The story behind the Antwerpse handjes


The Antwerpse Handjes is a cookie in the shape of a hand that has a reference to the legend of Brabo and giant Antigoon, their story was the foundation of the city. But what most people don't know is that the sweet delicacy originally came out of the oven in a small bakery of a Dutch-Jewish baker who owned a bakery in Antwerp.

It all began in 1934 in the Provinciestraat behind the Antwerp train station. Jos Hakker made his dough from butter, sugar, eggs, flour and shaved almonds. But what was more special is that he baked his recipe on a baking mold in the shape of little hands.

He actually made his dessert cookie to compete in a competition of the Royal Association of Master Pastry Makers of Antwerp. They wanted an original culinary specialty that could represent the city of Antwerp. Jos Hakker came up with the winning design and recipe. The shape, composition and packaging are now, through patent protection, the property of the Belgian union for bread, pastry, chocolate and ice cream. The cookies became very popular in no time.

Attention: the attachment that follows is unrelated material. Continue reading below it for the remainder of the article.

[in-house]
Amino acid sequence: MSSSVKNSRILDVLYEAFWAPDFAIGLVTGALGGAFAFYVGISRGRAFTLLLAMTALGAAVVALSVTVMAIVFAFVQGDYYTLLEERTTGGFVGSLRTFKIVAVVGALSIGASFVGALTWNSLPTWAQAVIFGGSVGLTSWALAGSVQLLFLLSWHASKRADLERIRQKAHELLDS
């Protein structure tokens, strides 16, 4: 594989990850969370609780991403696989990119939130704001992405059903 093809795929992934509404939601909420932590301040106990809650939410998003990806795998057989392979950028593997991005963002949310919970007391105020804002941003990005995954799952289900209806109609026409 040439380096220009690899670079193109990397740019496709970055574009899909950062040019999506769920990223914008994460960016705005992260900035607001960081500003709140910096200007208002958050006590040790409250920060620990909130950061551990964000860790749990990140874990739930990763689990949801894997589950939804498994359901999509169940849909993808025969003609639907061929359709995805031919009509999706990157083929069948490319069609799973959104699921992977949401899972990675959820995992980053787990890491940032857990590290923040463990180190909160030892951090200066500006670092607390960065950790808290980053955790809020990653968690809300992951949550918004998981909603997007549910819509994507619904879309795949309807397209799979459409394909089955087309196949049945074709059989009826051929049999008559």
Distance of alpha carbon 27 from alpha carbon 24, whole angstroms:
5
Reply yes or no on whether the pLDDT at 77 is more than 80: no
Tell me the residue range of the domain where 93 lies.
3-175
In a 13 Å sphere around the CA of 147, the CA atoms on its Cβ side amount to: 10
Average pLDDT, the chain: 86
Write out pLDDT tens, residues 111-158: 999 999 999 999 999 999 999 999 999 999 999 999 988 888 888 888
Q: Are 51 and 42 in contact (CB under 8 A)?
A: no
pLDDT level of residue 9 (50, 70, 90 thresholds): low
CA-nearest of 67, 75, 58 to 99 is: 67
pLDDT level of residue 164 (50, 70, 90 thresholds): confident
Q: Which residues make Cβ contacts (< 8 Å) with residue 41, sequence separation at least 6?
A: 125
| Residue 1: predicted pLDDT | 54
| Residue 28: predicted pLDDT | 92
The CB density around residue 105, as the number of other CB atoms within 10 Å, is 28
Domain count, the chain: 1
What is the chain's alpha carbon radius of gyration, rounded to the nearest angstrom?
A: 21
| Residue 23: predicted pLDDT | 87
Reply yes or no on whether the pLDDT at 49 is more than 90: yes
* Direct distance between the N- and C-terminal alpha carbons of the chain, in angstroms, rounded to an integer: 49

Picture by Harry Fabel

During the Second World War however, Jos Hakker was deported by the Nazis to the Dossin barracks in Mechelen, where he later would be transferred to  the Auschwitz Concentration camps. But luckily he managed to escape, together with 66 others. He joined the Li├Ęge resistance were he wrote articles for the secret press. Those articles were later bundled in a book that appeared in French, English and Dutch. Later, after the War he returned to Antwerp and started his bakery again from scratch.

Picture by Pixabay
As a reminder to his remarkably story and the atrocities of the Second World War his granddaughter Joyce Hakker gave the original baking mold and the boxes in which they were sold to the Dossin barracks museum. And Jos Hakker, the inventor of the Antwerpse Handjes will also be remembered by the city of Antwerp because his little old bakery received a memorial plaque on the facade. The bakery however is no longer there.